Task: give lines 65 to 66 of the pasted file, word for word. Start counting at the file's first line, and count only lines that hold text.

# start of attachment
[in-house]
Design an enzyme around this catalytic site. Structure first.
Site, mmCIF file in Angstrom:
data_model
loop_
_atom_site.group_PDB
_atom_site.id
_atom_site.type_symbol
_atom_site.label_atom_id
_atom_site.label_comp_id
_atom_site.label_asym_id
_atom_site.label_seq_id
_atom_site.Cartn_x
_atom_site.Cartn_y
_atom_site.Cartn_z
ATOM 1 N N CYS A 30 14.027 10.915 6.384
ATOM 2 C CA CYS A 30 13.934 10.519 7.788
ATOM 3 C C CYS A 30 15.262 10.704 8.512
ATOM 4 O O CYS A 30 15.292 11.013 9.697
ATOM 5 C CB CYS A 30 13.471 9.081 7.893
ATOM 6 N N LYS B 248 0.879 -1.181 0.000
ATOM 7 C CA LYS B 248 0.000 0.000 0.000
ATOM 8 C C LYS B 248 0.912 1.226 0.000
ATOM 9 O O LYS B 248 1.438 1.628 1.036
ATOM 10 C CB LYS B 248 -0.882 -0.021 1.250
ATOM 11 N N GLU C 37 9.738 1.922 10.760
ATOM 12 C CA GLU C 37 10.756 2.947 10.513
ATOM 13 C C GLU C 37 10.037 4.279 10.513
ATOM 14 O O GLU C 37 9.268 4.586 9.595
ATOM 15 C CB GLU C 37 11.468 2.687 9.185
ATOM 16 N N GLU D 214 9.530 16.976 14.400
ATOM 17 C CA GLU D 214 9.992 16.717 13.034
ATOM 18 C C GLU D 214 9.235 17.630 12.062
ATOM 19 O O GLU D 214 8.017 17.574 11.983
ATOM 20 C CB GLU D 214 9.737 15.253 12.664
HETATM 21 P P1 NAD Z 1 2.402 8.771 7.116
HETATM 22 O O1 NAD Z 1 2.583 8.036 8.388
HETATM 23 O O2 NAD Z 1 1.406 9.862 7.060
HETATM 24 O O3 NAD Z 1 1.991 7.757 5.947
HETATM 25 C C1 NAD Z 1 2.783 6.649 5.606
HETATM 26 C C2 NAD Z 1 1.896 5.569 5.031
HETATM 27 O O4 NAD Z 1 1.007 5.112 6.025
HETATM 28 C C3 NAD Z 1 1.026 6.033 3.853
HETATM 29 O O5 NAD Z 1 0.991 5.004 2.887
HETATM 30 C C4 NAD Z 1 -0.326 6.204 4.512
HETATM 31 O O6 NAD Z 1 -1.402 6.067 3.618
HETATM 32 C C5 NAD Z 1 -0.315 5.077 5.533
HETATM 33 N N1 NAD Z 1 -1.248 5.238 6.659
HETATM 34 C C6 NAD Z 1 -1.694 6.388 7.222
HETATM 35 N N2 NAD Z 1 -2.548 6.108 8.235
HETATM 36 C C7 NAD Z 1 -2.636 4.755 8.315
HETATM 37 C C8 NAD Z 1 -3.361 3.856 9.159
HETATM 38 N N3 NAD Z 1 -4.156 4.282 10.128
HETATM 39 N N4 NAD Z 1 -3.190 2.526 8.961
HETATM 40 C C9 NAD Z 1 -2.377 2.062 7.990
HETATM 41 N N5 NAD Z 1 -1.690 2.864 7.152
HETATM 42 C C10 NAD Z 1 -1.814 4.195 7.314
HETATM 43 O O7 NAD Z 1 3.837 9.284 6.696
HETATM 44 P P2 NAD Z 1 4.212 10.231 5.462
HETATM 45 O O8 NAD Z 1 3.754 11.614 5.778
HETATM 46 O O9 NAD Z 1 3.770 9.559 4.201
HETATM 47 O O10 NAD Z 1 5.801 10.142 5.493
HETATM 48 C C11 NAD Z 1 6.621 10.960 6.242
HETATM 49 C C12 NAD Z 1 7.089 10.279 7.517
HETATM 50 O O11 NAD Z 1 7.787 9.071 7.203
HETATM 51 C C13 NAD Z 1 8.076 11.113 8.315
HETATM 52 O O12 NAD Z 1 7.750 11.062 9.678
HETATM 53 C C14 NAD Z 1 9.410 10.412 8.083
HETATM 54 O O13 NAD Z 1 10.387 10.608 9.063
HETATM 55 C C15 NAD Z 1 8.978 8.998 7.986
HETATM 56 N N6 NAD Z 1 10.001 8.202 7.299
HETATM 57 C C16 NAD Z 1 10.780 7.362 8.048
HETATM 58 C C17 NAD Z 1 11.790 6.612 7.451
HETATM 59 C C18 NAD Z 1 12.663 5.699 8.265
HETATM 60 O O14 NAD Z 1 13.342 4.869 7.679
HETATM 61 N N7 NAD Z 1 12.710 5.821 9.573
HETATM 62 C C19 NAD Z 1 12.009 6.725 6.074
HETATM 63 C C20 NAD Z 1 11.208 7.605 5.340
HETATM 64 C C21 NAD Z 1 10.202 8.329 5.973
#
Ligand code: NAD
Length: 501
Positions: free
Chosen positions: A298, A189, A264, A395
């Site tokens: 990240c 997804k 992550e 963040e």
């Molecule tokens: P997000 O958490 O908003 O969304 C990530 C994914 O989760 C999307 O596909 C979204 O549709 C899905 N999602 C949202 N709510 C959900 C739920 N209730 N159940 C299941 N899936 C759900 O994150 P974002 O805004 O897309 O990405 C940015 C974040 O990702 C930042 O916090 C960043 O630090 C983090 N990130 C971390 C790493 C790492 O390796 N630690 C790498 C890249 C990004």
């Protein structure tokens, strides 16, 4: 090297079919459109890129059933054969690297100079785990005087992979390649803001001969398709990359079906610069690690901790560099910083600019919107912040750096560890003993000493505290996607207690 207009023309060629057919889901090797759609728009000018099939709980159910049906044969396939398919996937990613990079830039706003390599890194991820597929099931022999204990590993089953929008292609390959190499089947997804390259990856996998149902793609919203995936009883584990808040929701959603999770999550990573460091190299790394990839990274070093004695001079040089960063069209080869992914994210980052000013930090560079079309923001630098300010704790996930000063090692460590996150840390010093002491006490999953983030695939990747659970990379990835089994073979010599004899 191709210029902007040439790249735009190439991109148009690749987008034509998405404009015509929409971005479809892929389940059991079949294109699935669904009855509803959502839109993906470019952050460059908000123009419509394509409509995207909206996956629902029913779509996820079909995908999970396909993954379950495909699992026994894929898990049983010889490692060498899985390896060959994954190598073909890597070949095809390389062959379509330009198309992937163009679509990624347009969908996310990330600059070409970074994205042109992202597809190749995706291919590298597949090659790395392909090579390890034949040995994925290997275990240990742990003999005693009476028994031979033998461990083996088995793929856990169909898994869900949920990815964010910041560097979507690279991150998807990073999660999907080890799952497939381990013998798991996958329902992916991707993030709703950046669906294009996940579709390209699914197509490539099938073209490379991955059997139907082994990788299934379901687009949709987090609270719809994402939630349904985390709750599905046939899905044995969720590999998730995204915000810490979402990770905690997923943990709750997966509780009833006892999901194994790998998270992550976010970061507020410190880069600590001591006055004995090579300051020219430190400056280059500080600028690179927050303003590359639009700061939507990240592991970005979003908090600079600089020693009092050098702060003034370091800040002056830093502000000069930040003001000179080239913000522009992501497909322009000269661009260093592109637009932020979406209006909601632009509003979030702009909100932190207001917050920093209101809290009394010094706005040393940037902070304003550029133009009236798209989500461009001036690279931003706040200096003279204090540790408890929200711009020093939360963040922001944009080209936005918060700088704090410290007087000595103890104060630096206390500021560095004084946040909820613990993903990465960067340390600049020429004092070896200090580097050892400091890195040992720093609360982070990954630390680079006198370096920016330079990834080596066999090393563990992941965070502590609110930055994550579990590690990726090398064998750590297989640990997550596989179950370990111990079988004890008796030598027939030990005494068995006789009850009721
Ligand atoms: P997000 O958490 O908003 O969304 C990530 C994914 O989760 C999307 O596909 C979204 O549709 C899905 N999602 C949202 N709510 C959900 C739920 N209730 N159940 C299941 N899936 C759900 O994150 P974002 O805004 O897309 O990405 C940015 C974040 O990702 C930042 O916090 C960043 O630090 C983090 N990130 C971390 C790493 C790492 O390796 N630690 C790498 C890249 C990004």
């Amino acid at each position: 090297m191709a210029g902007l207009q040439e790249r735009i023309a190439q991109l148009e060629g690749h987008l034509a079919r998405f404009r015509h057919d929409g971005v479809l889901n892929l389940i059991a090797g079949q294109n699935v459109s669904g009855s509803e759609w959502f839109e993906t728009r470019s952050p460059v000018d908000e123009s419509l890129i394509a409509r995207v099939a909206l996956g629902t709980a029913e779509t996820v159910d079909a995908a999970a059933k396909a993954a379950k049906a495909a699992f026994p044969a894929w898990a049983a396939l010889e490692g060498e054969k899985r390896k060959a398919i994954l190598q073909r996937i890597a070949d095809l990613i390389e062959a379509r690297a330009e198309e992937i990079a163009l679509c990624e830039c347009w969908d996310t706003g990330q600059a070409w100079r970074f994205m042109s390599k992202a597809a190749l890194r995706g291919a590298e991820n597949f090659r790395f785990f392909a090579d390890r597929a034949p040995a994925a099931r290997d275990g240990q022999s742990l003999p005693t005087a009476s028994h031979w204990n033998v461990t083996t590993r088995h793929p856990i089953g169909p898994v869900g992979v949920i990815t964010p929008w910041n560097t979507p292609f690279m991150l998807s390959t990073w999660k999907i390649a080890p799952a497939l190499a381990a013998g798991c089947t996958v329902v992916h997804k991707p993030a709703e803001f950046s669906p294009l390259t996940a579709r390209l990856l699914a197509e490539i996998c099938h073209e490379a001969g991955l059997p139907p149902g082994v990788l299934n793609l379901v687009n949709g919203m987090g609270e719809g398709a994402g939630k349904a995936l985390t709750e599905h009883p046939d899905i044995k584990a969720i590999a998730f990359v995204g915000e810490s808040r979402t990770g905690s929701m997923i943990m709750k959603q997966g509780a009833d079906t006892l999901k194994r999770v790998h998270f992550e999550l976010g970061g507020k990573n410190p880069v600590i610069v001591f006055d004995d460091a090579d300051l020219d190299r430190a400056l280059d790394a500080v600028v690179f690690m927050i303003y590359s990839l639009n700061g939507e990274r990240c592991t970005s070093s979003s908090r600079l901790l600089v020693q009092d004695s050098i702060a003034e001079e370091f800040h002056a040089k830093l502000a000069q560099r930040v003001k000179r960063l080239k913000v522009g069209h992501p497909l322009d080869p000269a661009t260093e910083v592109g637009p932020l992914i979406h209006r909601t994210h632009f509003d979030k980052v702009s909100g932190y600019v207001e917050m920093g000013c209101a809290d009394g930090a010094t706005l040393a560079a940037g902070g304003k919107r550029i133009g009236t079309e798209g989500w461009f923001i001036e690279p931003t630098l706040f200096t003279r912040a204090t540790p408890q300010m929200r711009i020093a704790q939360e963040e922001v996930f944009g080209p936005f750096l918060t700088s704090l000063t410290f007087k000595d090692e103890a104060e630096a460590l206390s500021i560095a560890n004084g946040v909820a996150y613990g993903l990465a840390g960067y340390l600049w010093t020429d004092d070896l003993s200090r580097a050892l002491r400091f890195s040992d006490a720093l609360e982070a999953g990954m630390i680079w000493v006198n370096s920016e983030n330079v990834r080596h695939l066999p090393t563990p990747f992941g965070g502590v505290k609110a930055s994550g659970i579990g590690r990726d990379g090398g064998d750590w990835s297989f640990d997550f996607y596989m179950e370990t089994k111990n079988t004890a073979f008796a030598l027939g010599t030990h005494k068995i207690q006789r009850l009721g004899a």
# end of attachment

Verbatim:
HETATM 50 O O11 NAD Z 1 7.787 9.071 7.203
HETATM 51 C C13 NAD Z 1 8.076 11.113 8.315